A circumspect reference or comparison to fascism would be one referring to fascism in historical context and considering how this would operate in the present day. Donald Trump can be accurately described as a fascist by using this method in the context of the mass movement surrounding his 2016 presidential campaign in the United States. Trump propagates an ideology and platform containing economic and political populism, cultural chauvinism and aggressive militarism, combining disillusionment with political elites with scapegoating of ethnic and religious minorities. He frames the "politically correct" outrage at his bigotry as an asset, using it to constantly and increasingly normalize far-right extremism in the political discourse he presides over his cunning and calculating manipulation of the mass media. This is fascism by definition.

Mussolini described fascism as the merger of state and corporate power. Fascism advocates a regimented and hierarchical society based on elitism and dictatorship; ironically it thrives on the same inequality it condemns in its propaganda. The neo-Nazi Golden Dawn of Greece, part political party and part violent street gang, became the third party of the country decimated by EU-imposed austerity by rallying to support poverty-stricken communities while blaming migrants along with corrupt establishment politicians and austerity-imposing technocrats for the country's ills.

Budding il Duce Trump is a member of the economic 0.1 percent, yet is bizarrely able to use his wealth to populist advantage. He touts his ability to self-finance his political campaign as evidence that he is secured against the vested interests of the lobbyists and corporations whose systemic bribery of representatives dominates the American political system, which drives disillusion with mainstream politics. Trump admits that he has been easily able to make politicians, Democrats and Republicans alike, do his bidding for cash. As have the bankers and hedgefunders whose systemic greed and mismanagement resulted in the Great Recession that has caused hardship for working class Americans who have flocked to Trump's campaign. But unlike Bernie Sanders, who addresses the root causes of inequality, Trump focuses on ethnic minorities as the main culprits of national decay.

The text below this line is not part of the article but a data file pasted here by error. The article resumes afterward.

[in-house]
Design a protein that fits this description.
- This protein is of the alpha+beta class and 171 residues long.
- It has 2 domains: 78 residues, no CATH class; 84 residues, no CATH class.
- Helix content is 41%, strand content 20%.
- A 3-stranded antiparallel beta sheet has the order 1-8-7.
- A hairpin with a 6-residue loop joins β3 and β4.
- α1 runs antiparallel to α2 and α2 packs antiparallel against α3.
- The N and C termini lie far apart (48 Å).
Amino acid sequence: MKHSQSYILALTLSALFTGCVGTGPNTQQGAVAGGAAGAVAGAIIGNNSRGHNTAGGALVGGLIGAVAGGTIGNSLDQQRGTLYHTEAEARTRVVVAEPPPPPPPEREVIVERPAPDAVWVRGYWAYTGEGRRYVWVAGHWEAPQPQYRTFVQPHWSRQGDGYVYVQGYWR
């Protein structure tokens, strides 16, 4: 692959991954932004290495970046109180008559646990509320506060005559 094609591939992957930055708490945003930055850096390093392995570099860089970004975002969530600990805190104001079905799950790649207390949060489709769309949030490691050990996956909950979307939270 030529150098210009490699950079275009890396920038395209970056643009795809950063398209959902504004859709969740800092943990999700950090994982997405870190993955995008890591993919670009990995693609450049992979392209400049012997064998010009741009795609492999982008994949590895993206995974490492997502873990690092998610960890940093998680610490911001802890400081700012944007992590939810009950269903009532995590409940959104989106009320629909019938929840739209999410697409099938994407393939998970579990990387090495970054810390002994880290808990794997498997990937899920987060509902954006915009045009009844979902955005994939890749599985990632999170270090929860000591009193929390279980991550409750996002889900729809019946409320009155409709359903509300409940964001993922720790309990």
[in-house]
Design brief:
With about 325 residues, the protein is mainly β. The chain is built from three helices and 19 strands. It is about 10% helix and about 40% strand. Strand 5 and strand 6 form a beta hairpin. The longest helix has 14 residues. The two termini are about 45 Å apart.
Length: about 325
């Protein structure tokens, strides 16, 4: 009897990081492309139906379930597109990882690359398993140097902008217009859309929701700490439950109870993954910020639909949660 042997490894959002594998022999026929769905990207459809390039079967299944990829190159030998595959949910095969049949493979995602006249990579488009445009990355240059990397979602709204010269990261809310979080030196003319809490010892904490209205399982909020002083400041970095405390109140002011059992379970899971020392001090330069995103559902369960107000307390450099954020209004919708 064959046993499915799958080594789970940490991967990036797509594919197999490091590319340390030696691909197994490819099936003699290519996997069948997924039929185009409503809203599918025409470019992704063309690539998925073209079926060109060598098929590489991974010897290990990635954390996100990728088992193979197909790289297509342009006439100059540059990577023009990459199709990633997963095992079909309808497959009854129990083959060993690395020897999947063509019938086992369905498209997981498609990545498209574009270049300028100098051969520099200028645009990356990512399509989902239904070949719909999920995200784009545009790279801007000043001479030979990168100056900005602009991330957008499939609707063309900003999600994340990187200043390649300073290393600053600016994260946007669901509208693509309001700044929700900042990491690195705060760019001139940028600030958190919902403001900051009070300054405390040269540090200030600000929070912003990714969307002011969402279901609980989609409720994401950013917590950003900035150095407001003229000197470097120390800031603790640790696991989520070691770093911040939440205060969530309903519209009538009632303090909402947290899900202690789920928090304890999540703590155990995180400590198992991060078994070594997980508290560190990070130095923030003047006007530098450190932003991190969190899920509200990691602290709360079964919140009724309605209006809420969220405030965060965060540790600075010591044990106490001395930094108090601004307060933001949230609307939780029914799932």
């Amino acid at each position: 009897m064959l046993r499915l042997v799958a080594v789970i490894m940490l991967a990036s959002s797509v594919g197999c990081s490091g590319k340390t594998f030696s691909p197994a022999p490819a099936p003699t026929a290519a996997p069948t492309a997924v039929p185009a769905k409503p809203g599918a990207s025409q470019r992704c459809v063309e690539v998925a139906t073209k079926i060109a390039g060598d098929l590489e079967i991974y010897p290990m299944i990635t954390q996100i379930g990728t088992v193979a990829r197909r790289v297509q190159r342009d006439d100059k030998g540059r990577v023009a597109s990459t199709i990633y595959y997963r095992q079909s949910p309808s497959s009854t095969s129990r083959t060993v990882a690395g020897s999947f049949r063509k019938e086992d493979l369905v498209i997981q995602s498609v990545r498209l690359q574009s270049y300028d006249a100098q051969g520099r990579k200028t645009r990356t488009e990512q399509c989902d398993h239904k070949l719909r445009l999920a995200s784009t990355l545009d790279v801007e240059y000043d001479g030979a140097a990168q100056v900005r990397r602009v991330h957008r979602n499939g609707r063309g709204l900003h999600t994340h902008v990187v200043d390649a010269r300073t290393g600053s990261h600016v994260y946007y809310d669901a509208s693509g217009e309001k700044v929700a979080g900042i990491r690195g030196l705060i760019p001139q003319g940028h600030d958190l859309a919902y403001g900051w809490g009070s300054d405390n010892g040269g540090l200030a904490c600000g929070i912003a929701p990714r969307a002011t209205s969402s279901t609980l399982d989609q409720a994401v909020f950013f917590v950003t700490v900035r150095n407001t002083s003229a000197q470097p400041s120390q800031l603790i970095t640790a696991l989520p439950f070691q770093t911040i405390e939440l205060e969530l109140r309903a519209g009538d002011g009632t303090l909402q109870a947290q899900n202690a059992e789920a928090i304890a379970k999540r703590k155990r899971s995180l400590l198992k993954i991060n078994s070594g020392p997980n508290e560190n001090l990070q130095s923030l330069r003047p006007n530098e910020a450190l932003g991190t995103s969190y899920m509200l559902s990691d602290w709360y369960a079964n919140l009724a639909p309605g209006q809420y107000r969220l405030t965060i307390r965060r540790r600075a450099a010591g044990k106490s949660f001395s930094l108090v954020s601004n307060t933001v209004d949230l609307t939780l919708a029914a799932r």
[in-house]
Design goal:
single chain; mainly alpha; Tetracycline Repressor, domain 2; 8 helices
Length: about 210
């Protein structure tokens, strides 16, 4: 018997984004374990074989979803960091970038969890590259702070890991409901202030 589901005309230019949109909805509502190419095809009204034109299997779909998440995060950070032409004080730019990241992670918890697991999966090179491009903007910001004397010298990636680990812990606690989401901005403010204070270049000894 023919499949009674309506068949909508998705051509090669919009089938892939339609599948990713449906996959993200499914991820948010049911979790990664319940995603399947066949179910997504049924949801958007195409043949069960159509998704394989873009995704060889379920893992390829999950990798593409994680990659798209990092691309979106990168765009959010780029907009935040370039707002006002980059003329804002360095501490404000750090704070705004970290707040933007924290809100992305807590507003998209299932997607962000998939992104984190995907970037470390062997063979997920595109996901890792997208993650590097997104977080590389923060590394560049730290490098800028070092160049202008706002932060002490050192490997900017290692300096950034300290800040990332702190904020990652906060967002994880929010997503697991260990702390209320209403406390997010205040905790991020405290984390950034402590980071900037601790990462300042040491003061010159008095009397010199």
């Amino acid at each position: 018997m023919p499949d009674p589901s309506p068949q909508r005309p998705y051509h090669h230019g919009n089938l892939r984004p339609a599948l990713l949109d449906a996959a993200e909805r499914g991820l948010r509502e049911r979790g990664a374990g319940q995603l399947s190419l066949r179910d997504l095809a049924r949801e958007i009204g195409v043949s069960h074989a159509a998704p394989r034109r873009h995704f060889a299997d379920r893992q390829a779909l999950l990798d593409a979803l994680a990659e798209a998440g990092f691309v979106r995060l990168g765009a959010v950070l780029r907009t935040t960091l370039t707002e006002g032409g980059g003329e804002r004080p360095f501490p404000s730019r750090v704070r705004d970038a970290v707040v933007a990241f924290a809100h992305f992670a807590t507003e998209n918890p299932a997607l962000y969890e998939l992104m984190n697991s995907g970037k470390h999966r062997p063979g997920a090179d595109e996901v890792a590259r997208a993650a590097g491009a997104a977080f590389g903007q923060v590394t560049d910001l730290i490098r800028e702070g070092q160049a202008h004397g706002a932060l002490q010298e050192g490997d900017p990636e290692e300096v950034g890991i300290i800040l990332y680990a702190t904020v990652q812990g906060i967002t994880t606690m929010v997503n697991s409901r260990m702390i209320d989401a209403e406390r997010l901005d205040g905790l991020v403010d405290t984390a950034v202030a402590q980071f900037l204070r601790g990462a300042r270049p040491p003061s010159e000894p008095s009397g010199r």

An admirer of the authoritarian Vladimir Putin, who like Trump has links to corruption and Mafia criminality, Trump is open to authoritarian control of the internet, ironically invoking the Chinese state that he views as a major adversary. He also insists that the world would be better off with Saddam Hussein and Mummar Gaddafi in power - as the "stability" provided by these criminal strongmen, in Trump's eyes, overrides fleeting concepts like human rights and democracy.

And Trump has pledged to be a war criminal like these dictators if he becomes president, promising to indiscriminately kill civilians in Middle East countries for even being related to ISIL militants, in a military policy of aggression and mass punishment that he would make official. These war crimes victims are equally as dehumanized as the Muslims he advocates barring from the United States, with those remaining on the homeland potentially being monitored and placed on a mass database by a Trump administration.